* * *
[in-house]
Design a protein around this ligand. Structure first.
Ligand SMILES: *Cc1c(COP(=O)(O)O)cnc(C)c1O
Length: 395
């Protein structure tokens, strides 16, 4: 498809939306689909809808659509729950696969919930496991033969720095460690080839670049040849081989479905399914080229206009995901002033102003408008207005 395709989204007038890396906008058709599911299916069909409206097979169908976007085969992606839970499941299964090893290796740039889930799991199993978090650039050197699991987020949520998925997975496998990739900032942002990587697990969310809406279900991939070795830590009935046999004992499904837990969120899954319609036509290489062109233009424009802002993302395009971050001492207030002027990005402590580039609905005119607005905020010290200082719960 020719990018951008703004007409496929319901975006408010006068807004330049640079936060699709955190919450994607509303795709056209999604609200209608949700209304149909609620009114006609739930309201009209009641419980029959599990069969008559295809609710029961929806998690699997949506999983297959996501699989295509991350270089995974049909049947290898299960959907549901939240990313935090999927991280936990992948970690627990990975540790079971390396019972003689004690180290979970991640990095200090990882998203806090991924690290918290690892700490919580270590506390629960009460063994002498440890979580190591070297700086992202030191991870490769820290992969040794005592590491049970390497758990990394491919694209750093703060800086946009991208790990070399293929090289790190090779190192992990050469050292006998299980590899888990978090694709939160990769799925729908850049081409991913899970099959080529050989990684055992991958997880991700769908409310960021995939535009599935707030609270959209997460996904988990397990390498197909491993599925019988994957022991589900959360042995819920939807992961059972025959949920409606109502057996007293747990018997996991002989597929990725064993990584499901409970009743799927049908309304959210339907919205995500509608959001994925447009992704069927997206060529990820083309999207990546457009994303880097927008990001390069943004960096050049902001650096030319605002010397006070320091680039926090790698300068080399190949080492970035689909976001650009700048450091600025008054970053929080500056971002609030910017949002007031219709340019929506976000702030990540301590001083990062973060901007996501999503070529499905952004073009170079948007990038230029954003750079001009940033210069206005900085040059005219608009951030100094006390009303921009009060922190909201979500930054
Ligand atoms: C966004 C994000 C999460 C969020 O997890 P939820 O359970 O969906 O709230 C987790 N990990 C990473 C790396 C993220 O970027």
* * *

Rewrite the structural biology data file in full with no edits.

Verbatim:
[in-house]
Design a protein around this ligand. Structure first.
Ligand SMILES: *Cc1c(COP(=O)(O)O)cnc(C)c1O
Length: 395
């Protein structure tokens, strides 16, 4: 498809939306689909809808659509729950696969919930496991033969720095460690080839670049040849081989479905399914080229206009995901002033102003408008207005 395709989204007038890396906008058709599911299916069909409206097979169908976007085969992606839970499941299964090893290796740039889930799991199993978090650039050197699991987020949520998925997975496998990739900032942002990587697990969310809406279900991939070795830590009935046999004992499904837990969120899954319609036509290489062109233009424009802002993302395009971050001492207030002027990005402590580039609905005119607005905020010290200082719960 020719990018951008703004007409496929319901975006408010006068807004330049640079936060699709955190919450994607509303795709056209999604609200209608949700209304149909609620009114006609739930309201009209009641419980029959599990069969008559295809609710029961929806998690699997949506999983297959996501699989295509991350270089995974049909049947290898299960959907549901939240990313935090999927991280936990992948970690627990990975540790079971390396019972003689004690180290979970991640990095200090990882998203806090991924690290918290690892700490919580270590506390629960009460063994002498440890979580190591070297700086992202030191991870490769820290992969040794005592590491049970390497758990990394491919694209750093703060800086946009991208790990070399293929090289790190090779190192992990050469050292006998299980590899888990978090694709939160990769799925729908850049081409991913899970099959080529050989990684055992991958997880991700769908409310960021995939535009599935707030609270959209997460996904988990397990390498197909491993599925019988994957022991589900959360042995819920939807992961059972025959949920409606109502057996007293747990018997996991002989597929990725064993990584499901409970009743799927049908309304959210339907919205995500509608959001994925447009992704069927997206060529990820083309999207990546457009994303880097927008990001390069943004960096050049902001650096030319605002010397006070320091680039926090790698300068080399190949080492970035689909976001650009700048450091600025008054970053929080500056971002609030910017949002007031219709340019929506976000702030990540301590001083990062973060901007996501999503070529499905952004073009170079948007990038230029954003750079001009940033210069206005900085040059005219608009951030100094006390009303921009009060922190909201979500930054
Ligand atoms: C966004 C994000 C999460 C969020 O997890 P939820 O359970 O969906 O709230 C987790 N990990 C990473 C790396 C993220 O970027």